These are by far the main characters in the story, but Evans gives us a cast of characters like no other. We meet everyone from socialites, members of the Inquisitors, the police of her world, other alchemists, as well members of the gangs of Bezim and creatures from the other planes. Because we get to meet such a wide breadth of characters, it took me a good long while to get everyone straight in my head. I found the societal ranking system a little confusing in parts and it took me a while to get used to her naming system, but by the end I had most of our focal characters straight.
Evans world building is honestly spectacular. We learn the history of the world as we go along in the story, there are no big info dumps and, although I would have maybe liked a slightly better understanding at the start, I did manage to get my head around it pretty quickly. Bezim is part of the ‘mundane’ plane, and the only place in the world that magic-alchemy- works. But that is just one plane out of four the others being Empyeal, a fiery plane filled with vengeful angels, the Aethyreal plane, an airy plane filled with stars and Djinn and finally the Abyssal, a plane of water filled with harpy’s. We only travel to two planes in book one; Empyreal and Abyssal both of which are effortlessly brought to life, as well as the creatures that live there. Thanks to people traversing between the planes, they are lurching our of alignment, something that threatens the mundane plane more than the others, and the rulers of the adjacent planes have threatened that if Siyon and the other alchemists do not work out how to fix it, they will take over the mundane plane and fix it themselves.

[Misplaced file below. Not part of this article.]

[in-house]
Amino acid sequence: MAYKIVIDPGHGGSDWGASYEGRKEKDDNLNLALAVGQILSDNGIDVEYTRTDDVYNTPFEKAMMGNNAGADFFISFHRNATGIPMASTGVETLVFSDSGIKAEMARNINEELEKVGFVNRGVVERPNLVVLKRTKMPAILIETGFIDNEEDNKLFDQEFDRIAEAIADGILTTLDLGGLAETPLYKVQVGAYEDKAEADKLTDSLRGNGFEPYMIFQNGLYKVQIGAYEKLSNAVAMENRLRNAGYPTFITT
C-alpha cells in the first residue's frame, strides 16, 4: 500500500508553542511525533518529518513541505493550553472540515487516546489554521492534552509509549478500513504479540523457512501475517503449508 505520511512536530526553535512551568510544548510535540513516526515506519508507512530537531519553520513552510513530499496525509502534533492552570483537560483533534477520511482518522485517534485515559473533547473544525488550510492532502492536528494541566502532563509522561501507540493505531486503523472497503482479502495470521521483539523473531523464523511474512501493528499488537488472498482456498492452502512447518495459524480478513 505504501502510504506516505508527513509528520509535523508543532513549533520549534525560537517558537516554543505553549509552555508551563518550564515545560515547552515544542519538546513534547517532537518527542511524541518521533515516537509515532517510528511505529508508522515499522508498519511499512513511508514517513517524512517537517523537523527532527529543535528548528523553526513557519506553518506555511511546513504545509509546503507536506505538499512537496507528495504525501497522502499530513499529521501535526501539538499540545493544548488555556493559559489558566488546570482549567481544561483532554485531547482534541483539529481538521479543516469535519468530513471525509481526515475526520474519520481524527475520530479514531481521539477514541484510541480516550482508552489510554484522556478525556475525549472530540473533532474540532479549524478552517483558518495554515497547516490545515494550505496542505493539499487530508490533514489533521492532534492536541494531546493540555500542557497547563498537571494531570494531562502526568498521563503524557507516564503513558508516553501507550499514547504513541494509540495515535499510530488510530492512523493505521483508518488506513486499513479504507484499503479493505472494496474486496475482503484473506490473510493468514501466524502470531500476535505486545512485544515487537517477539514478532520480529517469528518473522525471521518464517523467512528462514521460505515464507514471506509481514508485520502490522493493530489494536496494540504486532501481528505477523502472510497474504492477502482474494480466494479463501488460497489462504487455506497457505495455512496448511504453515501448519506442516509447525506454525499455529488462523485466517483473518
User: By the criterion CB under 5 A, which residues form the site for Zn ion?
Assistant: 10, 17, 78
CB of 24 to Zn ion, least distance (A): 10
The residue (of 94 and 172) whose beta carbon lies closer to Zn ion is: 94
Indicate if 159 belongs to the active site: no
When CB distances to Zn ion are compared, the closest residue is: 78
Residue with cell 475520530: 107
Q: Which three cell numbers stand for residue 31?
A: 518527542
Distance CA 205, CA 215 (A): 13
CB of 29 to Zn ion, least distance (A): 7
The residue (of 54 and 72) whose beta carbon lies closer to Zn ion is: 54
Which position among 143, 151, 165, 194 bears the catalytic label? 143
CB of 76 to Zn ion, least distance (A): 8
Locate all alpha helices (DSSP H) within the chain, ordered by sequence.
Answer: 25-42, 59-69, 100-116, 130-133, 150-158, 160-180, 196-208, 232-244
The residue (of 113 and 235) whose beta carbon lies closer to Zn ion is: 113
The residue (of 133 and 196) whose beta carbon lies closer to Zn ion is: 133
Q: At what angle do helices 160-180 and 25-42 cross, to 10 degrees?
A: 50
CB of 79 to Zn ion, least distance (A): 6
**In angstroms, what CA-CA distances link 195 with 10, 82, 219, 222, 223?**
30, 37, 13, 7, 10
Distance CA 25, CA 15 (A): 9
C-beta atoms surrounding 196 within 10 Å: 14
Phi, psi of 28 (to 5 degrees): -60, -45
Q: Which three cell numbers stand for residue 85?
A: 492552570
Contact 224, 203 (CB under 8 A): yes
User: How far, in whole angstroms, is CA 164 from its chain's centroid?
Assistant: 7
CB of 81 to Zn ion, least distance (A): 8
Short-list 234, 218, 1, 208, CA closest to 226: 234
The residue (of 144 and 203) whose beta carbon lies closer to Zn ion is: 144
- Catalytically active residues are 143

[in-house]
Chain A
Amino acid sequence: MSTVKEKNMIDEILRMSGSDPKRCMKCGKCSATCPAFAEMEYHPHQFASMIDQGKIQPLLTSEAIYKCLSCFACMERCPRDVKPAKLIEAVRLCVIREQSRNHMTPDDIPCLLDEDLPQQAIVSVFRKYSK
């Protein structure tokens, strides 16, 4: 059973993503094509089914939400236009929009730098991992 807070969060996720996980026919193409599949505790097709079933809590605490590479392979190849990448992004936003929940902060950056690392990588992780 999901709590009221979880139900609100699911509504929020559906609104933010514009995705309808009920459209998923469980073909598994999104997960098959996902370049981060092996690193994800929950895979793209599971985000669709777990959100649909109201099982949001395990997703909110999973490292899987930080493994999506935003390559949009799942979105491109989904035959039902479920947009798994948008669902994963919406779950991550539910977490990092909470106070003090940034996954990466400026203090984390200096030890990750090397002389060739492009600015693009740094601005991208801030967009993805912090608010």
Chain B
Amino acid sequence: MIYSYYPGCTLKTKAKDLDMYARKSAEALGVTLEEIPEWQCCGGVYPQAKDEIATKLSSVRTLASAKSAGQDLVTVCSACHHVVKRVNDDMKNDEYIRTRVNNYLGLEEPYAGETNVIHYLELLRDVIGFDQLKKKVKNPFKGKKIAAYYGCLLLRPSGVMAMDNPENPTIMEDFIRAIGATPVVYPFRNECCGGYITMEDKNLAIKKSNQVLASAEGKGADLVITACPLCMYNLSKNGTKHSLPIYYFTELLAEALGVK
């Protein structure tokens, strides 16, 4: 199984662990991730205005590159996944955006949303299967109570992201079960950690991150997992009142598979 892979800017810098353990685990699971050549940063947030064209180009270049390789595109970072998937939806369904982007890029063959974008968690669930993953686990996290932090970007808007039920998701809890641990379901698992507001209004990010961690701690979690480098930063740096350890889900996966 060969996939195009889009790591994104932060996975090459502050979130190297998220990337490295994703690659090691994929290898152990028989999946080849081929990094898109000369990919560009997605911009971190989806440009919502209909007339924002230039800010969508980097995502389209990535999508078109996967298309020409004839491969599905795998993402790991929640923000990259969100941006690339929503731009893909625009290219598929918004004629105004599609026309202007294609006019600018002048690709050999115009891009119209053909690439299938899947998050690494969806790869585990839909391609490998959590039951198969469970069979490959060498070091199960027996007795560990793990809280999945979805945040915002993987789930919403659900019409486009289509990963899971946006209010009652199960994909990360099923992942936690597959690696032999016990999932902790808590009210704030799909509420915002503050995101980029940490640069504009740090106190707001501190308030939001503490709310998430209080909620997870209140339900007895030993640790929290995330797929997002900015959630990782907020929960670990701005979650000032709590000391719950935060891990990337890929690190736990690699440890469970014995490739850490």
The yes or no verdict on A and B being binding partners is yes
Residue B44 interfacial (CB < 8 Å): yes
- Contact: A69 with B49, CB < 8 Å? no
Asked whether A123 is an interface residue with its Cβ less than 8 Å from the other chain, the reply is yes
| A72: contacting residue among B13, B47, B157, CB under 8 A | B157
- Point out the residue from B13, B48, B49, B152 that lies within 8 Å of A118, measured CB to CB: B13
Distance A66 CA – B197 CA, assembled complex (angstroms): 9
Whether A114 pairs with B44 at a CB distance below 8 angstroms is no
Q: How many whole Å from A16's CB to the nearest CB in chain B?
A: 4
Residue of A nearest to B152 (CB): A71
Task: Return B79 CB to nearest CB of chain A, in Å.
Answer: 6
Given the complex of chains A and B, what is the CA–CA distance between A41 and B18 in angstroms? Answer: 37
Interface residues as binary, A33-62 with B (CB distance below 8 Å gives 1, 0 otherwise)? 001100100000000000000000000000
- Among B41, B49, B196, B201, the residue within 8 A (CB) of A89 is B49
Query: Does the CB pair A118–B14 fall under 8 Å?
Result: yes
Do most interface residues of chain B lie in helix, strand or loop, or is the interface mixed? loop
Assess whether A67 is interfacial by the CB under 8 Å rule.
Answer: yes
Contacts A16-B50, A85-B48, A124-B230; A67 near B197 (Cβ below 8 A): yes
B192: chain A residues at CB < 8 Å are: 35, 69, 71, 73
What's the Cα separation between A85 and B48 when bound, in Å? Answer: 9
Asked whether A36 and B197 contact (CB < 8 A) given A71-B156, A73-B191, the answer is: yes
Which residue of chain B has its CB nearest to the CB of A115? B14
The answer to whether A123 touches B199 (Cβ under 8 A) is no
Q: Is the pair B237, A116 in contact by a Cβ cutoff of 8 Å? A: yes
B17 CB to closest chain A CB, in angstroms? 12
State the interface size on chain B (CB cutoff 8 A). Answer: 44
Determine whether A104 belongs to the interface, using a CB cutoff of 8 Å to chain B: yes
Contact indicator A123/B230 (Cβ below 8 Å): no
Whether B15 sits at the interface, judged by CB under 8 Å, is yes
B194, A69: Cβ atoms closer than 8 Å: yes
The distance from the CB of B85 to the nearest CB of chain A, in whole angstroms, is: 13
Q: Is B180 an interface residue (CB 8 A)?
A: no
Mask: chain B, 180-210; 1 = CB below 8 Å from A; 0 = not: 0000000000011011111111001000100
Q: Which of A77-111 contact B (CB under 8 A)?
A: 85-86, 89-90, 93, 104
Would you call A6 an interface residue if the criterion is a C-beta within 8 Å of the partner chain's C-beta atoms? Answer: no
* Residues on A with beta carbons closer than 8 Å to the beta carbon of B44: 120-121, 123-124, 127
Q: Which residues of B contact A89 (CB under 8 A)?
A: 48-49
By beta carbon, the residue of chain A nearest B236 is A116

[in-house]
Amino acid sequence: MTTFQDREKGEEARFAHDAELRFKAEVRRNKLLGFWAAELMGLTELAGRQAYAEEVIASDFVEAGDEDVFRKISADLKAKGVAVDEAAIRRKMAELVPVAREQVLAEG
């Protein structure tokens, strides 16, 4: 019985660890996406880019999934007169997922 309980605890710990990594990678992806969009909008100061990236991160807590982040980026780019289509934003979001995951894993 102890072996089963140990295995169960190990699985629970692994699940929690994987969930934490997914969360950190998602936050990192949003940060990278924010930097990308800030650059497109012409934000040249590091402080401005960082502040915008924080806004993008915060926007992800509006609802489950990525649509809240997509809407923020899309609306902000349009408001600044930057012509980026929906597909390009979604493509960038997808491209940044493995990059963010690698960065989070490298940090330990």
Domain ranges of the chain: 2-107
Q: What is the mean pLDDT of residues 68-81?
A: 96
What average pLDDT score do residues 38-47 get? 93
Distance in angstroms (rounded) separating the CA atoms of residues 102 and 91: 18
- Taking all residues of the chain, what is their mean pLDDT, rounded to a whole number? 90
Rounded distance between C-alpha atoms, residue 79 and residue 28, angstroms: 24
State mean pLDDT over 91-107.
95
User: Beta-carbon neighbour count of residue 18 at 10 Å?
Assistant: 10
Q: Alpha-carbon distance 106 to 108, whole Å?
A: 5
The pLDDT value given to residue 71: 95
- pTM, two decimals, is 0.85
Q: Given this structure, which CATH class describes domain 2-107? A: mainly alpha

I really enjoyed learning about the magic system, especially because Siyon himself is a newbie to the higher workings of alchemy, as well as whatever his new power is, so we get to learn it right alongside him. There’s a lot to take it, but I feel it’s one of those magic system’s that you’re just not supposed to get, there are so many rules, interchangeable alchemical tools etc, and as well as all this with have Siyon’s magic which seems to run more on belief and wishing than any kind of alchemy itself. Evans prose make it easy to get swept into the story, we start at a run and it never truly lets off, which definitely helps you stay in the story even with all the intricate world building, magic and societal groups. But it’s when we hit the true danger that the story really takes off and I read the last 50% of this book in one sitting, finding it absolutely impossible to put down. The stakes are big, the outcome if they fail is dire, but thanks to Evans witty writing and humorous characters you never feel too bogged down in the story.
I loved the romance arc through this book, it was funny and sweet and inevitable and I just adored every single second the two characters spend together. But what I loved most was seeing Siyon find a place in the world, as well as his effect on those around him. He may be from the lower side of town, the wrong type of person, but his humour and belief that anything is possible has an affect on those around him, and I loved seeing him build connections with people.
Like I said, you had to bear with me, there’s so much of this book to talk about, and a lot of it is hard without giving away spoilers. As much as the beginning was a little hard to get through, the story as a whole is 100% worth it and I cannot wait to get my hands on the second book and find out what all my absolutely chaotic faves are up to.